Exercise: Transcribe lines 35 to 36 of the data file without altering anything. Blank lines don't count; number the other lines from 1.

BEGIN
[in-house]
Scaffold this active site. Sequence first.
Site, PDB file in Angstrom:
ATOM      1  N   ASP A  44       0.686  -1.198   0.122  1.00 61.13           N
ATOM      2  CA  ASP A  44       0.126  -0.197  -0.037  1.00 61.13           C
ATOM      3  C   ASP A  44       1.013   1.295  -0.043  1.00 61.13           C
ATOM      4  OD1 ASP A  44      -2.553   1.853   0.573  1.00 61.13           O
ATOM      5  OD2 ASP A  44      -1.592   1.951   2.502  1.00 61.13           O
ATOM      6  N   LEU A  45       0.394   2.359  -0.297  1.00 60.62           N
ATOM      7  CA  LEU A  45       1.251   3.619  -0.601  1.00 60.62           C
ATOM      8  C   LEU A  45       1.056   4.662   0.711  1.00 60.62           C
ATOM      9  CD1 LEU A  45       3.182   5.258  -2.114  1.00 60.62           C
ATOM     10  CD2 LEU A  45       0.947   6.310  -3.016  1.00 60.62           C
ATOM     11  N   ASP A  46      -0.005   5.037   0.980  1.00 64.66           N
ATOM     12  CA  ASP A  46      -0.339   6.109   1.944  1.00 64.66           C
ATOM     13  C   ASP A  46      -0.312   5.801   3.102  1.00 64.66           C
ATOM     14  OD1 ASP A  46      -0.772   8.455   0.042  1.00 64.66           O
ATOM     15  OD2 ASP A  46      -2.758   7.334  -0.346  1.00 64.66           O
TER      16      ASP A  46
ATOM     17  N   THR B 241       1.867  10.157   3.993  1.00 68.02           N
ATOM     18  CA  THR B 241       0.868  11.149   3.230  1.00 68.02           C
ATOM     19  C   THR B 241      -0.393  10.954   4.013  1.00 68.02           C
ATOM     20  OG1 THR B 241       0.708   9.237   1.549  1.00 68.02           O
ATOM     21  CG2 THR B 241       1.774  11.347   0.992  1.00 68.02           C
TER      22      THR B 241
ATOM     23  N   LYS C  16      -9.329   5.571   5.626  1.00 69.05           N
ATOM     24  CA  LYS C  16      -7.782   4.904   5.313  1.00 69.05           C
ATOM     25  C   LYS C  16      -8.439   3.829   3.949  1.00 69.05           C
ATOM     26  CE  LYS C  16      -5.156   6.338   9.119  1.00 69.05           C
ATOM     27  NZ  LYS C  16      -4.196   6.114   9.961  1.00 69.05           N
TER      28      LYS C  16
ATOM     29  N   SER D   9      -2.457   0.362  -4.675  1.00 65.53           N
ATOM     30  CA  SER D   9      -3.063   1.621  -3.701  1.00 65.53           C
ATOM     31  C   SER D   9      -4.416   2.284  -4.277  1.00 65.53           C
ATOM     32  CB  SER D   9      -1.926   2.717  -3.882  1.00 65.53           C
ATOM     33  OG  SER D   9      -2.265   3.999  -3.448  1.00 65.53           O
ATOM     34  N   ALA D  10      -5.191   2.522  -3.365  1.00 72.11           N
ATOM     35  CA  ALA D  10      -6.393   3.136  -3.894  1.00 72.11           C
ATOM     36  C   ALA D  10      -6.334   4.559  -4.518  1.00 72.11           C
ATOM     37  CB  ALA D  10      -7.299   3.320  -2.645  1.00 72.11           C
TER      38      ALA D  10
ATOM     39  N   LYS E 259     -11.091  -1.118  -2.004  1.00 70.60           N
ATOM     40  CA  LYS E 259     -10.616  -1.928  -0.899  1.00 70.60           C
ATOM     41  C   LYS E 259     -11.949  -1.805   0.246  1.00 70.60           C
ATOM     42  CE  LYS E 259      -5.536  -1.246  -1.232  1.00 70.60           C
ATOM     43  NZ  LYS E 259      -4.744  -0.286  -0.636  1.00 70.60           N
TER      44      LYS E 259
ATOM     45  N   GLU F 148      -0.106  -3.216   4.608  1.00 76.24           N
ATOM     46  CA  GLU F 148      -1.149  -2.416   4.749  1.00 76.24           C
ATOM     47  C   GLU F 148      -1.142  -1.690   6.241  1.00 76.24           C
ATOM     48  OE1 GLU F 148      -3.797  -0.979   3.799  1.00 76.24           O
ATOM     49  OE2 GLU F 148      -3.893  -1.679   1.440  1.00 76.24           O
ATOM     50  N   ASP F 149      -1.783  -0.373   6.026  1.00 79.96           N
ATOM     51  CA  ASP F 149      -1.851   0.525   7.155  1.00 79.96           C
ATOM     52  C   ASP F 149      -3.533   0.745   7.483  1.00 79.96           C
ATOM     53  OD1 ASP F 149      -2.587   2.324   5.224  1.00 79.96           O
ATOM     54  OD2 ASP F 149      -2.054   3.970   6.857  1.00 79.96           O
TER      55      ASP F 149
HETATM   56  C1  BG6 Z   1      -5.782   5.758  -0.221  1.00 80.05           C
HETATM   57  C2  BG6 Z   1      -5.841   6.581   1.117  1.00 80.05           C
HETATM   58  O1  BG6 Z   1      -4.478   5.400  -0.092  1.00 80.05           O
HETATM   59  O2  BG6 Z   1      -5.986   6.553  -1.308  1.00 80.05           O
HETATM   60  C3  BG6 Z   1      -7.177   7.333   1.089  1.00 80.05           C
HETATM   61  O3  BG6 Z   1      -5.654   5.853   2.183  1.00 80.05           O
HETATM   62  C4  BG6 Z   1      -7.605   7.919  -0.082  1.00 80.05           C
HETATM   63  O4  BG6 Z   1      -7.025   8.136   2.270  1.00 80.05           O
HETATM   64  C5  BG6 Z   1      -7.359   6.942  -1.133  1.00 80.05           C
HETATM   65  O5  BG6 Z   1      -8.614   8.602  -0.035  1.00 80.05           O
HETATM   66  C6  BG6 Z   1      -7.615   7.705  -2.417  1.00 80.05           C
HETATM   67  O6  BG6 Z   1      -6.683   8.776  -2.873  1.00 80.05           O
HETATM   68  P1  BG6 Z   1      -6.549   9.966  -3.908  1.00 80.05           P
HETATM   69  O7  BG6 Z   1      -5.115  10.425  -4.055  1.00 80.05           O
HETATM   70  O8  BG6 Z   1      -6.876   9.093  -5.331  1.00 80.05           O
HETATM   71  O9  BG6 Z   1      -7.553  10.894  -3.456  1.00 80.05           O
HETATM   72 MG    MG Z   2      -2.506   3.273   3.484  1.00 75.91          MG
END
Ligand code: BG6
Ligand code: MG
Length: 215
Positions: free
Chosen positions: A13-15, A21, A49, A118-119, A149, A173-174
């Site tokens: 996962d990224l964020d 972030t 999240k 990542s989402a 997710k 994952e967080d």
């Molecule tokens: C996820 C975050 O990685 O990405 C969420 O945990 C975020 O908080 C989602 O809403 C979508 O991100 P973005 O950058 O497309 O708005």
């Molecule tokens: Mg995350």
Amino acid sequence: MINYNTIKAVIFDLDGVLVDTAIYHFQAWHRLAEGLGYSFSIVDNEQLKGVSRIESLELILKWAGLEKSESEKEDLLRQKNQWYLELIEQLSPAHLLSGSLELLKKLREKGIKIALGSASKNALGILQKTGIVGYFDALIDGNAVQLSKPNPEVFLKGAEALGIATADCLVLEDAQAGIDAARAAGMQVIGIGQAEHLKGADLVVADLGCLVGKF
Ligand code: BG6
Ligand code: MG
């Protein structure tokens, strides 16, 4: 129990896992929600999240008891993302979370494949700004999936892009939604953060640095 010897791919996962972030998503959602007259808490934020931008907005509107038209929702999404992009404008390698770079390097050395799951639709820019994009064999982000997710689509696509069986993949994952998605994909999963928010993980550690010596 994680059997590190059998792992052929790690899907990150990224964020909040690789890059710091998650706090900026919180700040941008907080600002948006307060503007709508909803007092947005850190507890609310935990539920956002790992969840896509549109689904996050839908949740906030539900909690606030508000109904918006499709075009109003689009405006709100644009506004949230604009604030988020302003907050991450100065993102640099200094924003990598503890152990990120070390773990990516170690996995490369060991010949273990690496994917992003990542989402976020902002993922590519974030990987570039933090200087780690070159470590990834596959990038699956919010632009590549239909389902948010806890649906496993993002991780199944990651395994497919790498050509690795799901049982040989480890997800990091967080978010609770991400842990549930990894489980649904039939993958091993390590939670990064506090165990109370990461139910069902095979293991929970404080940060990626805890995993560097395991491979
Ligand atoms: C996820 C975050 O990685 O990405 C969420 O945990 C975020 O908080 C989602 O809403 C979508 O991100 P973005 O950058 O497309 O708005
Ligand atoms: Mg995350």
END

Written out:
ATOM     32  CB  SER D   9      -1.926   2.717  -3.882  1.00 65.53           C
ATOM     33  OG  SER D   9      -2.265   3.999  -3.448  1.00 65.53           O